Premise: Wayward teens are transported into a cult-classic slasher film. Result: A really well-delivered, fun time throughout.

Directed by Todd Strauss-Schulson, The Final Girls focuses on the legacy of slasher classic Blood Camp, an obvious parody of Cunningham’s horror staple Friday the 13th. At its center is Amanda Cartright (Malin Akerman), Nancy in the film, who twenty years later is still struggling to distance herself from that role and become the breakout star she’s always dreamed to be. But as she and her daughter Max (Taissa Farmiga) drive to dinner one day after a failed audition, rocking out to Bette Davis Eyes, a fatal collision leaves Max an orphan.

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Dope: Fantastic and Unnerving

Posted in 8, Comedy, Drama, Ratings, Reviews, Thriller with tags , , , , , on October 9, 2015 by mducoing

Dope-IMDBWriter/director Rick Famuyiwa delivers one of the more intriguing, humorous, painful and provocative films in recent memory. Dope is one of the more powerful stories audiences will experience this year based on imposing raw storytelling with an exhilarating twist.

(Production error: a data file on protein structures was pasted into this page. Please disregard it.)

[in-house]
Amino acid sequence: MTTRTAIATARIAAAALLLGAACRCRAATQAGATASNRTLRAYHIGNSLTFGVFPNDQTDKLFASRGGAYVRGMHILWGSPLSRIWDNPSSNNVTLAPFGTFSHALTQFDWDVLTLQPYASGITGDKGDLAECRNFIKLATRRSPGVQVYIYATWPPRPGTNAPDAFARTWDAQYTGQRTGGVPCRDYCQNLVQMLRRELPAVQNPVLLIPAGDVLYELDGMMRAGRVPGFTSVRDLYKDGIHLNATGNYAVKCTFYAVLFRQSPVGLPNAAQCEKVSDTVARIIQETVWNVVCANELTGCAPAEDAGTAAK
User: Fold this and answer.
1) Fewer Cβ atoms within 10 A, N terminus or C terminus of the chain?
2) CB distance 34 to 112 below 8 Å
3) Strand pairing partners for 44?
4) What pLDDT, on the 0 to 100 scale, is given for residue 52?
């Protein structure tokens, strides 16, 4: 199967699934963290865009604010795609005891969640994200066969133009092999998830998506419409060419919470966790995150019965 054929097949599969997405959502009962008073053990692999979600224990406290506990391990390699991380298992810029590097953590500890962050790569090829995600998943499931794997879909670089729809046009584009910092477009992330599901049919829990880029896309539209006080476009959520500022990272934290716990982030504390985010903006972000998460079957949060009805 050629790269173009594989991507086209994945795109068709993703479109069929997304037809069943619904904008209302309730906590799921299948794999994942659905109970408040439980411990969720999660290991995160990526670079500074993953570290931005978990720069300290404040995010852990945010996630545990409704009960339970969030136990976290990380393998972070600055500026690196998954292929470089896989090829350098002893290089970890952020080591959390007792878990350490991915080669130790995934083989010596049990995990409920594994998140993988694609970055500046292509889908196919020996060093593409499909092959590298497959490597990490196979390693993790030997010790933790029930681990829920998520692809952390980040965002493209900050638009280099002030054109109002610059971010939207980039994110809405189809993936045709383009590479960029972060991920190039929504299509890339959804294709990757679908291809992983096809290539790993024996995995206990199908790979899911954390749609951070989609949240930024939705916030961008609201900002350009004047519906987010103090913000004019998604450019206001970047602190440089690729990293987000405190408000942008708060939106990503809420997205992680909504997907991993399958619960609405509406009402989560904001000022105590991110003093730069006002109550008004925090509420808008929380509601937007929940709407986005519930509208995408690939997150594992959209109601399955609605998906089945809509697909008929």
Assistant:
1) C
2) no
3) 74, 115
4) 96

Premise: Malcolm, a geek who’s surviving life in a tough L.A. neighborhood, has his life abruptly change after a chance invitation to an underground party. Result: A good, thrilling film that challenging the lenses by which we see the world.

Our story begins with a group of young teens Malcolm (Shameik Moore), Diggy (Kiersey Clemons), and Jib (Tony Revolori) poised to somehow make it out of the slums that otherwise should have smothered them. If nothing else, it is the strong identity these three have cultivated -as preposterously anachronistic 80/90s hip-hop artists- that has kept them isolated, unified and firm.

But when Malcolm finds himself with a brick of coveted contraband, as a result of being quite literally in the wrong place at the wrong time, he and his friends sink into a nightmare. The ensuing film is a poignant thought piece on race, color, uniqueness and identity while also delivering the pacing and power of a modern thriller.